Back in the UK, she joined Mercury Rev and Royal Northern Sinfonia for a handful of guest vocal performances that, she says, only furthered her interest in cinematic arrangements. “Hearing your voice amongst all those instruments is a really cool experience. It made me want to explore a bigger sound.”
As ideas for Not The Girl began to germinate, Nancy Sinatra and Lee Hazlewood’s 1968 collaborative album Nancy And Lee became a sonic reference point, alongside records by The Shangri-Las, John Lennon, PJ Harvey, John Cale, Linda Ronstadt and compositional genius John Barry. Macve got behind the desk, too, co-producing everything with band member Max Kinghorn-Mills, while the fact that Not The Girl was mixed by Collin Dupuis, who worked on Lana Del Rey’s Ultraviolence album, is significant.
“The writing wasn’t really a struggle, I had quite a big vision in my head about how I wanted the songs to sound, the difficult part was getting them to the point where I felt they sounded right,” she admits. “I didn’t want to release them until they were. I feel that now, it’s become what I wanted, what I had in my head.”
From the sweeping self-empowerment of opener Bird, Not The Girl feels like an immersive dream. Standout single Eye Of The Storm, inspired by Sylvia Plath, unfurls from a lonely piano opening to become a graceful orchestral ballad with the subtlest of electric guitar adornments, while a classic Motown drum pattern and driving piano stabs underpin Daddy’s Gone, Macve exploring the death of her biological father. The slow-waltzing Little Lonely Heart’s stately strings bring a majestic air as Macve laments “I’m as bad as you want me to be” and on Behind The Flowers she indulges a long-held interest in murder ballads, prompted by a dusty volume she picked up on tour in Denton, Texas.
“It’s about a girl who kills her father after withstanding abuse her whole life,” she explains. “I find murder ballads fascinating and a lot of them were true stories, often about women and that’s the awful thing, the woman was pretty much always the victim.”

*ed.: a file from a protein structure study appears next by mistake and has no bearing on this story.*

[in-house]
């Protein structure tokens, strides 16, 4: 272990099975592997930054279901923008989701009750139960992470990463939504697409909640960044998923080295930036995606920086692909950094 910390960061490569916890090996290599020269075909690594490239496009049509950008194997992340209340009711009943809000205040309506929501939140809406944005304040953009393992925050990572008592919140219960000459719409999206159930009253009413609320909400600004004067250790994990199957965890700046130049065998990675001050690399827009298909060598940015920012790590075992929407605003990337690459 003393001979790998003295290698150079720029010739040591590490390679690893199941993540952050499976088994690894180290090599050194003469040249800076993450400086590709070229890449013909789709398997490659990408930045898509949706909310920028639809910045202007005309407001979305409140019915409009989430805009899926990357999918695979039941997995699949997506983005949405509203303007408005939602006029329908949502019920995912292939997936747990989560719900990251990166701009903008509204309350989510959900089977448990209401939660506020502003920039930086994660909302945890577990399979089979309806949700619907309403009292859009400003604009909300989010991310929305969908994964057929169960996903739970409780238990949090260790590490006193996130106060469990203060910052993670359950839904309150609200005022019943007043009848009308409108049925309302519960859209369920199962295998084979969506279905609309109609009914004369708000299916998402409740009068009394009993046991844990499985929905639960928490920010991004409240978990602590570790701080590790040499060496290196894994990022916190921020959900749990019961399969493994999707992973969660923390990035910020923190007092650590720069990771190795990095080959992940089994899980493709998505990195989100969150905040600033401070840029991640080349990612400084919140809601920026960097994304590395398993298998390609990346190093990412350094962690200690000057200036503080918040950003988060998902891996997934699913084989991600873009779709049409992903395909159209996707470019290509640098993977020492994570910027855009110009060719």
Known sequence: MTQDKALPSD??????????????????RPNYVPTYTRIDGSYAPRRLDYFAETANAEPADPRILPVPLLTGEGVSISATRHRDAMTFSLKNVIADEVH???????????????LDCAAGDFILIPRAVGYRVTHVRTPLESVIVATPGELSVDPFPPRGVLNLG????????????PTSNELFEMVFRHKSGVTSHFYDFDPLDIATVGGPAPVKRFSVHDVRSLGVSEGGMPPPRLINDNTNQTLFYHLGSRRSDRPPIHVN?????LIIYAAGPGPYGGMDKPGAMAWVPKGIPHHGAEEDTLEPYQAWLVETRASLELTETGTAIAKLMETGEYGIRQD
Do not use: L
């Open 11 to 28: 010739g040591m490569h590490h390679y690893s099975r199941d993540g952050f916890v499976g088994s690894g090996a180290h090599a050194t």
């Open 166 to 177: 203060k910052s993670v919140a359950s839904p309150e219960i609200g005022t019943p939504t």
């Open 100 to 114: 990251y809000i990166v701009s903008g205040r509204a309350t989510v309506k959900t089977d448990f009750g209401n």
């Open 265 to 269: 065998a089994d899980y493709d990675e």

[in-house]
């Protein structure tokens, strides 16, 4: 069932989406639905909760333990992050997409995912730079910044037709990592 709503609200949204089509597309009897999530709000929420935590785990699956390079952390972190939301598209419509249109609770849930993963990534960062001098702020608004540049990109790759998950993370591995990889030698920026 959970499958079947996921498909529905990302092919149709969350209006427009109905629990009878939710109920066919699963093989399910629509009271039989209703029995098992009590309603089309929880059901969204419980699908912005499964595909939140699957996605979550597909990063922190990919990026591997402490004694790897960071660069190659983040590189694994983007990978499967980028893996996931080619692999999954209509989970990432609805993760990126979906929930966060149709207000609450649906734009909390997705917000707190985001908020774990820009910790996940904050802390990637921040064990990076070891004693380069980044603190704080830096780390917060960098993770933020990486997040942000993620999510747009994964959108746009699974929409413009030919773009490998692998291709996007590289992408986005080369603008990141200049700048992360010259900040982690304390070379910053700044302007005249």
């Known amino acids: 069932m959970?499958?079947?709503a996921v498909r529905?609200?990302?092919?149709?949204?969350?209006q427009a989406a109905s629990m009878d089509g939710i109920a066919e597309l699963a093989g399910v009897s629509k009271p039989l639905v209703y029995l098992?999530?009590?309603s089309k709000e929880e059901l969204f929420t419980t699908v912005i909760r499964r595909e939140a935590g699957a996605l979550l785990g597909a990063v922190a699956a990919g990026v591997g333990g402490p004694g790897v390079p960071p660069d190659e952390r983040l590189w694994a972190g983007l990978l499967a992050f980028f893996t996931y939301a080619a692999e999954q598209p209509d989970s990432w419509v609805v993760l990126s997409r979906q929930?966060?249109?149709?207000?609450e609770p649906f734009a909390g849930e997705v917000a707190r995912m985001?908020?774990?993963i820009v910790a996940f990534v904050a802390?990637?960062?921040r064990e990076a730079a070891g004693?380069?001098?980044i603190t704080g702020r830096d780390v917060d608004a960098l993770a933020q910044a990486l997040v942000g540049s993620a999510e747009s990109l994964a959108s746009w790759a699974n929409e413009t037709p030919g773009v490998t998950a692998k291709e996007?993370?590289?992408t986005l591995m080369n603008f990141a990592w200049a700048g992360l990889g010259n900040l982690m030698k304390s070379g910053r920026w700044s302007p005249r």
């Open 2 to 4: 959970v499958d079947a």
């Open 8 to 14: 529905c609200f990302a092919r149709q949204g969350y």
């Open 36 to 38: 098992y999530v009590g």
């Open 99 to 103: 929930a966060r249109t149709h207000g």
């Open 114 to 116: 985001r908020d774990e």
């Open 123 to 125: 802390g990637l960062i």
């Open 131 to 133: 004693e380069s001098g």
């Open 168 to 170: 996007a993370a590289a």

Among the notable contributors to the album, Fiona Brice supplies strings straight from Laurel Canyon, while CJ Hillman’s yearning pedal steel cuts through several songs.
“It’s all about developing myself and finding new sounds. I don’t want to shy away from doing something different”
“He’s so amazing,” says Macve. “I was researching a lot of pedal steel players and he really stuck out, he’s got the most perfect way of playing, it’s really emotional. It’s sort of like a voice in that way, really beautiful.”
Perhaps most integral, though, were the contributions of Bill Ryder-Jones to a handful of tracks, the former Coral guitarist and acclaimed solo artist teasing sparing decorative flourishes from his Jaguar. While his contributions largely flicker at the fringes, with Macve holding down the rhythm on her Jones, the Liverpudlian added a scorching slide solo to the sultry Mazzy Star-esque You Can Do Better and atmospherics that are both ghostly and grunge in origin on Sweet Marie, which tips its Stetson surprisingly towards The Velvet Underground.
“He’s a really great slide player,” says Macve. “He brought quite a lot of that dreamy cinematic sound to it. I started off working with him for this album and he was really important in the beginning part of the journey. He’s got a very laid-back feel, it’s just dreamy.”
The sum total of this deeper, more considered sonic palette with its carefully selected cast of guest musicians is a boldly expressive and, at its heart, hopeful statement. Is it the sound of an artist stepping up and discovering herself?
“Yeah definitely,” replies Macve about as emphatically as her shy whisper allows. “That’s exactly what I feel, it’s a coming-of-age thing. I was very, very young when I wrote the first album, and this album was mainly written when I was in my early 20s, with that feeling of learning who I was. There’s still a lot of uncertainty in songs like Who Am I, but on the whole it’s me feeling I’m learning about myself.”
Admirably, having arrived at this ambitiously realised sound after four years of soul-searching, Macve is not planning to stand still. She reveals she’s channelled the frustration of being unable to tour for over a year into writing her third album, and she’s confident it’ll have a distinct identity of its own.
“I’ve nearly finished writing it, which I’m very excited about,” she reports. “It’s all about developing myself and finding new sounds. I don’t want to shy away from doing something different. The artists I like most are those that are brave in that way, and want to explore new things, so I think it will be different.
“I’d love not to spend as long on this record, hopefully I can release it maybe next year, possibly the year after, but we’ll see…”
Not The Girl is out 14 May on Modern Sky.